Seattle Culture

Washington’s Woeful Gender-Pay Gap

Women across the state earn significantly less than men

By Rob Smith March 12, 2024


This article originally appeared in the July/August 2024 issue of Seattle magazine.

Washington state holds the dubious distinction of having the second-largest gender pay gap in the United States.

Women across the state made $18,400 less in average wages than men in 2022. New research from the National Partnership for Women and Families found that only Utah has a larger discrepancy, at $20,649.

Things aren’t improving, either. Research last year as reported by U.S. News & World Report revealed that women in 2021 made only 77 cents for every dollar earned by a man. Using U.S. Census data, the National Partnership found that women across the state in 2022 made only 70 cents for every dollar made by a man.

It’s an issue that Grace Yoo, executive director of the Washington Women’s Commission (an executive branch cabinet agency in the Office of the Governor) is working to address. Gov. Jay Inslee has declared March as “Women Making History Month” across the state.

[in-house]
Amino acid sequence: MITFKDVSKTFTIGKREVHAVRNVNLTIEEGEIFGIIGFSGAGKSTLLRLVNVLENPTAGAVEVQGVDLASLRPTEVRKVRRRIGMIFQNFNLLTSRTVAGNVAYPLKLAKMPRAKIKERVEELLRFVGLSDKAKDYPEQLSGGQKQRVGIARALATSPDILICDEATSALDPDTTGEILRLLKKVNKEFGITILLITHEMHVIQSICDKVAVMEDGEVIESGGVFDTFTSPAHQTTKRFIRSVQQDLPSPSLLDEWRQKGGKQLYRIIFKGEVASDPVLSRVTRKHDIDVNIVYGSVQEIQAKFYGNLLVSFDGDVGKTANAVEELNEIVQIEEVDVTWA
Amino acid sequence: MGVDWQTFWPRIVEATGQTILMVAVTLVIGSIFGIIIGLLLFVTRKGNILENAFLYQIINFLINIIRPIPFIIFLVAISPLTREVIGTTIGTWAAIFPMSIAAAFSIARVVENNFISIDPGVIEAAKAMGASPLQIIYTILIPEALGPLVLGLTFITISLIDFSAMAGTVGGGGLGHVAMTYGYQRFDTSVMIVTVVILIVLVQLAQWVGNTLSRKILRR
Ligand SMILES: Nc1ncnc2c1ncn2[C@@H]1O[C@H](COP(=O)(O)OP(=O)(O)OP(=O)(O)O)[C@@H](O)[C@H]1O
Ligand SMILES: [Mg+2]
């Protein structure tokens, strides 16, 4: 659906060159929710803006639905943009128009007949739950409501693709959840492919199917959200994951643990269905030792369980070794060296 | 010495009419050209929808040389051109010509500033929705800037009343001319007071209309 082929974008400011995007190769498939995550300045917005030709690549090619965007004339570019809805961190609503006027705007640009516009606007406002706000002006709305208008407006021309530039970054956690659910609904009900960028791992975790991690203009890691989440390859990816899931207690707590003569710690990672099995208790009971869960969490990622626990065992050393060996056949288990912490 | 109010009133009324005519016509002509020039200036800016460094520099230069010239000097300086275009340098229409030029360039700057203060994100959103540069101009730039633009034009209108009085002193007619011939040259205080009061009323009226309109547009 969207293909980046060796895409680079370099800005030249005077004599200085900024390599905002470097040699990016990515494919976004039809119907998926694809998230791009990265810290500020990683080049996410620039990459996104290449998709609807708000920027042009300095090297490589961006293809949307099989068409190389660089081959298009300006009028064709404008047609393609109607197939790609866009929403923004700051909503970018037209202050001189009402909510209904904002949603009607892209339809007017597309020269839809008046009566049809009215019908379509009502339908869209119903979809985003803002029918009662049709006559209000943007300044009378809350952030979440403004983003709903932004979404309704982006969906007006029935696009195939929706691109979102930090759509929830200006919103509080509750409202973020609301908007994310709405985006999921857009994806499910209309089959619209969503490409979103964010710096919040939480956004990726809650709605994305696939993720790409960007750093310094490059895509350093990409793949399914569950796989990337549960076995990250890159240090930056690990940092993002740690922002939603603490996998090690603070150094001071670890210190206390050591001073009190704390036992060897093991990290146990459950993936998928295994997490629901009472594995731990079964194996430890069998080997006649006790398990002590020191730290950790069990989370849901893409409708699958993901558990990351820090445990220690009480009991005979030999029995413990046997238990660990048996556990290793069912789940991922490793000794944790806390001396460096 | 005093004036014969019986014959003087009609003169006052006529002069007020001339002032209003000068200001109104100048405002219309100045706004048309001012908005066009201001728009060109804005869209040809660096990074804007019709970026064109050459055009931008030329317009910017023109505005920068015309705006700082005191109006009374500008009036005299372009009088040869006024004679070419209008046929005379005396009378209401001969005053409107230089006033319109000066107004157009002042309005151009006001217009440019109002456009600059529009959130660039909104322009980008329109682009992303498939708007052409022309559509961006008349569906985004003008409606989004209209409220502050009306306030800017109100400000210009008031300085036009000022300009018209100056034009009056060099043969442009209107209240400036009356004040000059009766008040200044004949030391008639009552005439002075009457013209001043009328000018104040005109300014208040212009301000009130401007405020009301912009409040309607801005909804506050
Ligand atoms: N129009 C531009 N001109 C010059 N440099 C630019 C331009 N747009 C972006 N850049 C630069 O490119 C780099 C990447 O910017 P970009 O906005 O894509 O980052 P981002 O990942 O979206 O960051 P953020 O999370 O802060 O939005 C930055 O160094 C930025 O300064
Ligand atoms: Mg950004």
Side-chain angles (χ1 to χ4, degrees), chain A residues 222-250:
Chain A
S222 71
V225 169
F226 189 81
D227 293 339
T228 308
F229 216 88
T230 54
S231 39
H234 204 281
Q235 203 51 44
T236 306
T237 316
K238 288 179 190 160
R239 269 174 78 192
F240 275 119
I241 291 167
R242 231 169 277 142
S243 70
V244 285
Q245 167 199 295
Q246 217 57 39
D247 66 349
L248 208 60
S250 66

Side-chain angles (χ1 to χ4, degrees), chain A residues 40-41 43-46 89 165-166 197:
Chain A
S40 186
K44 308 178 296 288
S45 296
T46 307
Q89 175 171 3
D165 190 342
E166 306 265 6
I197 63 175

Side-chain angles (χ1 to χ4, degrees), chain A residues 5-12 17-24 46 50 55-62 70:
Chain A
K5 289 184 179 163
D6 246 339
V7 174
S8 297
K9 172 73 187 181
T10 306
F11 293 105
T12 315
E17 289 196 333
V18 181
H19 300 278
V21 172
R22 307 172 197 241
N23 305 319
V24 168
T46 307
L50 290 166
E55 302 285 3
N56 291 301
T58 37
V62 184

The commission’s new Activate 3.8 initiative (named to reflect the 3.8 million women who live in Washington state) seeks to emphasize economic empowerment as well as traditional women’s issues such as reproductive rights and safety. Yoo points out that the wage disparity is especially acute in Washington state because major industries such as technology and aerospace have historically been dominated by men.

“We need to account for the next generation and make sure their voices are reflected,” Yoo says.

For Black women, indigenous women, and women of color in Washington, the wage gap is even more dire:

• Latina women are typically paid $35,402 less than white, non-Hispanic men.

• Native American women are typically paid $31,587 less than white, non-Hispanic men.

• Black women are typically paid $28,405 less than white, non-Hispanic men.

• Native Hawaiian & Pacific Islander women are typically paid $28,388 less than white, non-Hispanic men.

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